Alone and loving it!

I love this post on solitude. As an only child I’ve always found it easy to spend time by myself and as an adult I sometimes have to remind myself to maintain balance and also spend time with friends, interacting and enjoying the exchange of thoughts, stories and ideas instead of quietly thinking by myself.

I realised in my early twenties how much I enjoyed having time to lie in bed and stare at the ceiling or gazing through the window, thinking about nothing in particular but enjoying the thoughts that popped up. I’d follow them to see where they led, let them go and see what came up next. I could spend a long time doing this and usually felt more able to cope with the stresses of uni life (and the abject poverty that came with it!) after some “alone time”.*

I gradually became aware, though, that this was not a pasttime that many of my friends indulged in and I began to feel a little odd, to say the least. I briefly considered forcing myself to become more social, to always be around friends or speaking with friends on the phone, but I knew it wouldn’t stick. I generally tend to feel mentally exhausted after spending long periods of time being stimulated by too many conversations, too much noise or too much activity (give me a quiet, intimate dinner party over a loud house party any day!). So I decided to just embrace my love of alone time and accept that it’s part of what makes me, me. No need to apologise or explain, it’s just what I do.

I can understand why solitude may not be considered a desirable state of being – certainly, carving out alone time may be the toughest part – but I can’t encourage people enough to seek it out and enjoy it. In his post (linked above), Leo Babauta writes:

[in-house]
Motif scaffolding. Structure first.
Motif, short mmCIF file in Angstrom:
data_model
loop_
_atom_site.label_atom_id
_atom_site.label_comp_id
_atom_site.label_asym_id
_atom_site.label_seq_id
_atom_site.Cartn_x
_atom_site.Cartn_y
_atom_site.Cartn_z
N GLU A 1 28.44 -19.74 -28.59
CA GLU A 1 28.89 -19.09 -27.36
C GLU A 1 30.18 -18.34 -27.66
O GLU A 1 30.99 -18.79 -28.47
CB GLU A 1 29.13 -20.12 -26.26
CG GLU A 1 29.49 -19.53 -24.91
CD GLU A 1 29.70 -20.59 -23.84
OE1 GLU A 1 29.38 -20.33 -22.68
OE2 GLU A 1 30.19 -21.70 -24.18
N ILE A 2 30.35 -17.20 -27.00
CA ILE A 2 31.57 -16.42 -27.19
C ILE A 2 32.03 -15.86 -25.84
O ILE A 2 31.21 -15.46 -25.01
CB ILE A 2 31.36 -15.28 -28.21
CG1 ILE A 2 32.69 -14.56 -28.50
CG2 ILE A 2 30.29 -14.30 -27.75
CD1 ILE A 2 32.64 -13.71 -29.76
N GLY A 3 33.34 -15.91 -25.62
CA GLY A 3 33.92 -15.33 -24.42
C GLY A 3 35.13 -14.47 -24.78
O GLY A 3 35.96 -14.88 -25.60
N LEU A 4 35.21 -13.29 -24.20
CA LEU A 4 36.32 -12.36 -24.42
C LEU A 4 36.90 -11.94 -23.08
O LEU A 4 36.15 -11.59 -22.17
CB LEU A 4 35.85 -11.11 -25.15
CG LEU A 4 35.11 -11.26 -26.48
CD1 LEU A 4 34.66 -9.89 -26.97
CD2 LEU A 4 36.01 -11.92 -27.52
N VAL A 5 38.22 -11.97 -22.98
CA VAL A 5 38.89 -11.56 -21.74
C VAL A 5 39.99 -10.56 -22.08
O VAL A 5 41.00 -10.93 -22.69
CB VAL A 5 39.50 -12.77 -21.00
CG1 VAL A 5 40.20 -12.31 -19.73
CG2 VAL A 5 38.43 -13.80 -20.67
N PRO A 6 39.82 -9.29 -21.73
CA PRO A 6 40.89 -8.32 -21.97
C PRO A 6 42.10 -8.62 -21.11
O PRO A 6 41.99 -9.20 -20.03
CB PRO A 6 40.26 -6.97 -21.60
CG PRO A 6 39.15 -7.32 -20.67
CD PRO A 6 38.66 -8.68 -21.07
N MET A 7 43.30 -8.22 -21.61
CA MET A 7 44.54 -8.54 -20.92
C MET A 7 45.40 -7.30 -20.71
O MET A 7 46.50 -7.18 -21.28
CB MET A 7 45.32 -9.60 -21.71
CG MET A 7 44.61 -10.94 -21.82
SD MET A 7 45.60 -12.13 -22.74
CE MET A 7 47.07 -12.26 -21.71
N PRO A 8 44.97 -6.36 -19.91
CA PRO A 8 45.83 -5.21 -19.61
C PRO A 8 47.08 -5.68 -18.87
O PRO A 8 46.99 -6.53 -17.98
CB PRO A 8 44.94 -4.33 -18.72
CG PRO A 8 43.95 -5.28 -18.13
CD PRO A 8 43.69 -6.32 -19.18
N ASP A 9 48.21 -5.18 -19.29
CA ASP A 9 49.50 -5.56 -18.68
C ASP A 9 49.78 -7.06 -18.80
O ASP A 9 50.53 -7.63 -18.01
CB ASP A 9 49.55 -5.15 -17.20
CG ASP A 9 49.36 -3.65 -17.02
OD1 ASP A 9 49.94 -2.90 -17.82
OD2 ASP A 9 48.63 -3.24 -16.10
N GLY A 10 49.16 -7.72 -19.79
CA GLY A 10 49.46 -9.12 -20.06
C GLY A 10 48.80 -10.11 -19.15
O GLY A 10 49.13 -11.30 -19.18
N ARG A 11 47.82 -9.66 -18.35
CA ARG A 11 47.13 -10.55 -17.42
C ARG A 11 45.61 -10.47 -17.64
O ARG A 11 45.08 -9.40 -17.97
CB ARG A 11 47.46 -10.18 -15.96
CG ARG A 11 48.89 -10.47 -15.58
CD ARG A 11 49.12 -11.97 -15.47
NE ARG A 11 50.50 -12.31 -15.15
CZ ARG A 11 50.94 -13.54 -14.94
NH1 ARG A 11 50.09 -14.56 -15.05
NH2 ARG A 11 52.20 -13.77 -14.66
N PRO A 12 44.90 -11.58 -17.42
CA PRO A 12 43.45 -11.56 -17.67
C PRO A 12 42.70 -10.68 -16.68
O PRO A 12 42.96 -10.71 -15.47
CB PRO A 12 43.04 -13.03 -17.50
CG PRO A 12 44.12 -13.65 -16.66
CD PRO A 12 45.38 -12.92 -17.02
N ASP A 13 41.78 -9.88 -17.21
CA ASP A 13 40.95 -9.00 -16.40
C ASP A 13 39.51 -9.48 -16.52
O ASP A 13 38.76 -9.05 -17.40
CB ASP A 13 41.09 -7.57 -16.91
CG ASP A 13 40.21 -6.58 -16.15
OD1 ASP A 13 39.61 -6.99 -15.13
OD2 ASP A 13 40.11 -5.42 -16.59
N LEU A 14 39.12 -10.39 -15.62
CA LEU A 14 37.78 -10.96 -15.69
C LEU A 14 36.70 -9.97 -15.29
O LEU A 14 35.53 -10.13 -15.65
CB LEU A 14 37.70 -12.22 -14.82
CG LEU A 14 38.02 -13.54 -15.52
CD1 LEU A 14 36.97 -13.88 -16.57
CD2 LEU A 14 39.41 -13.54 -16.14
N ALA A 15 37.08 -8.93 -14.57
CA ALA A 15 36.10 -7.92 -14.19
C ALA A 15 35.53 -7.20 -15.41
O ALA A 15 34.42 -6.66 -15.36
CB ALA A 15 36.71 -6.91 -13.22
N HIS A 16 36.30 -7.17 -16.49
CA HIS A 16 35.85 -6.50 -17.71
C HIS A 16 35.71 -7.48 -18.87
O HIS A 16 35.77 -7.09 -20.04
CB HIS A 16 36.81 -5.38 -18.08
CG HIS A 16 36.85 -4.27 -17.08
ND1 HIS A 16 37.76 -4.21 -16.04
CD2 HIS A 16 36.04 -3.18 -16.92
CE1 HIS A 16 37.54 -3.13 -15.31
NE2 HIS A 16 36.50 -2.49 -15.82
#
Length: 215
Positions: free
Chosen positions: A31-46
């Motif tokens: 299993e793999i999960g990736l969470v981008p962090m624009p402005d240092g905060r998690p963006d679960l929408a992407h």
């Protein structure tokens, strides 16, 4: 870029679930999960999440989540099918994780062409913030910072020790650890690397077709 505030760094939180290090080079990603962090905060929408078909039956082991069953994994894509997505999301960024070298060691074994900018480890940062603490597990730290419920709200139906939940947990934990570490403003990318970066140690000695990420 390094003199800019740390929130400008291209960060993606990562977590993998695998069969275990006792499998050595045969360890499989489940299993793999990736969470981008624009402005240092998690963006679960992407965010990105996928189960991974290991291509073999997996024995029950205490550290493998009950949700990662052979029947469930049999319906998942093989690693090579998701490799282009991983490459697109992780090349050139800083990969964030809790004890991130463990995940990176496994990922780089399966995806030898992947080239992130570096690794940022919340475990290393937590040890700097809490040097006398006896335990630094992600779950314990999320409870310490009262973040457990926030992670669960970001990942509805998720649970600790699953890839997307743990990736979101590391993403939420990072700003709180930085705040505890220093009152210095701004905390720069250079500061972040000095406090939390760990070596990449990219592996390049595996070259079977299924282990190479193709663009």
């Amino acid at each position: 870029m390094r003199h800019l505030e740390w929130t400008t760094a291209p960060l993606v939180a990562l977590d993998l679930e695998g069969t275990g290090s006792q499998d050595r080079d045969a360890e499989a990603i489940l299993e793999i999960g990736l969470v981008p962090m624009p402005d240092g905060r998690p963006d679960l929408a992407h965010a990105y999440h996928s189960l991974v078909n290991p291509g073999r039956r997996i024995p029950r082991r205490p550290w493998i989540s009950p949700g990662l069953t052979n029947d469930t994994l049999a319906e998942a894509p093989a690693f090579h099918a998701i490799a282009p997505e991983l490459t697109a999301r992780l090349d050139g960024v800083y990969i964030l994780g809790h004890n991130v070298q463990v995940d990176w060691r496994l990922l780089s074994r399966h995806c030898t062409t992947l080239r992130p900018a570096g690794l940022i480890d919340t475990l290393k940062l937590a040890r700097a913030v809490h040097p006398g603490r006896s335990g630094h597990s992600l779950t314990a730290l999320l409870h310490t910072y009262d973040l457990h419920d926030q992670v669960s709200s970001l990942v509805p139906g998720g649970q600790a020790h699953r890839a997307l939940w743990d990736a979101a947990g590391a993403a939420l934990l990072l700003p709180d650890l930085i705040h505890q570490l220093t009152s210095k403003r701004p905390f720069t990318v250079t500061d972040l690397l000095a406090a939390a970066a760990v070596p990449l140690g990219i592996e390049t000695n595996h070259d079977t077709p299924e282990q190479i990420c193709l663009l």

Just a few of the benefits I’ve found from solitude:

  • time for thought
  • in being alone, we get to know ourselves
  • we face our demons, and deal with them
  • space to create
  • space to unwind, and find peace
  • time to reflect on what we’ve done, and learn from it
  • isolation from the influences of other helps us to find our own voice
  • quiet helps us to appreciate the smaller things that get lost in the roar

I absolutely agree with his assessment. For me, the greatest benefit was getting to know myself during the wierdness that was my early-20s (I’m not the only one who had a hard time of it, right?). My alone time gave me grounding and allowed me to figure out why I did or didn’t do things, assess if that was OK or needed to be changed and, most importantly, to dream big dreams. Huge dreams. Some of which I’ve completely forgotten about, some of which have come to pass and some that need to be reassessed.

Your alone time will give you something completely different, something you absolutely need, so try to make time to spend time alone. Leo also has tips on how to find solitude in an extremely busy life, so head on over and read what he has to say. You’ll benefit from it!

*As I type this I’m beginning to wonder if staring at the wall or ceiling may be my form of meditation. It’s possible, right?

The WellBeing Team

The WellBeing Team

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